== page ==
Henry VIII’s Chair Leg
The Great Gate at Trinity College has a statue of Henry V111 that dates back to early 1600. The statue originally showed Henry holding an orb in one hand and his sword in another.
For many years it was believed an irreverent student swapped the sword for the chair leg sometime in the nineteenth century. Only recently did we discover that it was actually a window cleaner who places the chair leg in the hand of the statue.
The window cleaner noticed that the sword was missing around 30 years ago, he assumed that the Cambridge Night Climbers, a group of students who are known for scrabbling up the University’s buildings, must have taken it.
He decided to replace the sword with a chair leg, which is still there today.
Football Born in Cambridge
Football was played on Parker’s Piece in the 1800’s. Believe it or not, Cambridge University was vital to the development of Football. For the full story of how Cambridge changed football forever, click here.
No dogs allowed
The famous poet Lord Byron was a great lover of animals, but his choice of pet while studying at Cambridge University was a little unusual.
In 1805, Lord Byron became a student at Trinity College, the only problem being that pet dogs were banned. He was so annoyed by this that he decided to have a tame bear as a pet instead.
He argued that as bear weren’t specifically mentioned in their statutes, the college had no legal grounds for complaint.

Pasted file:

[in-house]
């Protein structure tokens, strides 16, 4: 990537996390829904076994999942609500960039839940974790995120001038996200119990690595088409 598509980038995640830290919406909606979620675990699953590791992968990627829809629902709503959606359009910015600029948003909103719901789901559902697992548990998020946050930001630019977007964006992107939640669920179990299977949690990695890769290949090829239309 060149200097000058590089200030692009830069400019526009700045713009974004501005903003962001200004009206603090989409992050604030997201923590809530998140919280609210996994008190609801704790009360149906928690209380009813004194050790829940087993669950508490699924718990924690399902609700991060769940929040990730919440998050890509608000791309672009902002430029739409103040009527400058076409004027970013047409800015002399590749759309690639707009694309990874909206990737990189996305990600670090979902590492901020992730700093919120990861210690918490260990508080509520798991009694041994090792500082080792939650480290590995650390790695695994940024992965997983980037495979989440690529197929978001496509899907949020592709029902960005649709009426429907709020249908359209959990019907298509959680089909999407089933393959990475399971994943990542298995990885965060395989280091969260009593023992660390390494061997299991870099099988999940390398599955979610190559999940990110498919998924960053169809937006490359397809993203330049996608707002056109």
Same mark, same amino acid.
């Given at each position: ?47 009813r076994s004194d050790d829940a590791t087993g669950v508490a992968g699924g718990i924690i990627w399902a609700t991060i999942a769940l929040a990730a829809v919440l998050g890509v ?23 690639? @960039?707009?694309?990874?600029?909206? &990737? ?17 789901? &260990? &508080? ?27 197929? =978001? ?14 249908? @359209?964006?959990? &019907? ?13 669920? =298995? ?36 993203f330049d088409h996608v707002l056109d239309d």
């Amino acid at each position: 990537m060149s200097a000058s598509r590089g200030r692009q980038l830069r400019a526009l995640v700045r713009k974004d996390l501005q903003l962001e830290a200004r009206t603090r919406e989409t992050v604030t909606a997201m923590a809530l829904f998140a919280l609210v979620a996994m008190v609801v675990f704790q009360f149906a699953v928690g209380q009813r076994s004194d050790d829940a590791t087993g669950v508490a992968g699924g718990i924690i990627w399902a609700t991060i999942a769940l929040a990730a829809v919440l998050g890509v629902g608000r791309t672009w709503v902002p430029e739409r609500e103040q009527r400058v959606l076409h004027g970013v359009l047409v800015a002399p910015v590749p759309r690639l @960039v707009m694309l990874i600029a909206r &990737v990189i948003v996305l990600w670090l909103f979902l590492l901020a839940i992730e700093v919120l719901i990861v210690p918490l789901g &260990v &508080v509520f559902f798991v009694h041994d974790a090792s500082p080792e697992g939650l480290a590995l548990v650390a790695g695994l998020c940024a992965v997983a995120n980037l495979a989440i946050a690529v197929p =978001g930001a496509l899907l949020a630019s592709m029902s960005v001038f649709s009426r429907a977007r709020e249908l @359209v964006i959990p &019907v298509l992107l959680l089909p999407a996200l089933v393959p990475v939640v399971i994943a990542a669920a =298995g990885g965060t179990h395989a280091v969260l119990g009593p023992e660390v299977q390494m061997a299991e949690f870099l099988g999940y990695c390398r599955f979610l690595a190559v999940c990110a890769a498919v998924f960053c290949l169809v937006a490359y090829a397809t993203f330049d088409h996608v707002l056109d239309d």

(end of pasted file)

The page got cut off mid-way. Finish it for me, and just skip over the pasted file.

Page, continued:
Oliver Cromwell’s Head
Oliver Cromwell the Lord Protector studied at Sidney Sussex College.
When he died in 1658 he was buried in Westminster Abbey. Three years later Charles 2nd exhumed his body and beheaded it.
In 1960 his head was buried in a secret burial that only a few people know the location of, in Sidney Sussex College.
Want to know the whole story? Click here
Winnie the Pooh
Cambridge University has over 100 libraries. The Wren Library at Trinity college has the manuscript of Winnie the Pooh and Isaac Newtons notebook with a lock of his hair.
Francis Crick and James Watson announce their discovery that DNA contains genetic information at The Eagle Pub on February 28th, 1953.
The window in the courtyard is always left open. 300 years ago the pub caught fire and all were saved except for a young barmaid who couldn’t get out of the window. Since then the window remains open.
The Fab Four
One of the greatest bands the UK ever produced, The Beatles performed in Cambridge twice, on both occasions at the Regal.
The first time they performed was on Tuesday 19th March 1963, when they were performing as a support act for Chris Montez and Tommy Roe. Their playlist on the night consisted of: Love Me Do, Misery, A Taste of Honey, Do You Want To Know A Secret, Please Please Me, I Saw Her Standing There.
The Fab Four returned later that year on Tuesday 26th November, this time headlining the night. People queued outside the Regal from 10:00 am and the famous four had to be escorted into the building by police. Records show that over 4,000 people turned up on the night. Their set list included: I Saw Her Standing There, From Me To You, All My Loving, You Really Got A Hold On Me, Roll Over Beethoven, Boys, Till There Was You, She Loves You, Money ( That’s What I Want ) and Twist and Shout.
The 14 Stones of Clare College
Clare College boasts 14 stone balls, well almost 14. Rumour has it that the college believed the builders did a poor job and therefore decided to pay them less. In retaliation, the builders removed a quarter of one of the stones, so there are really only 13 and ¾ stones.
The Famous Sign
There is a famous sign in Portugal Place that tells bike riders not to leave their bikes against the railings, otherwise, it could be removed or destroyed.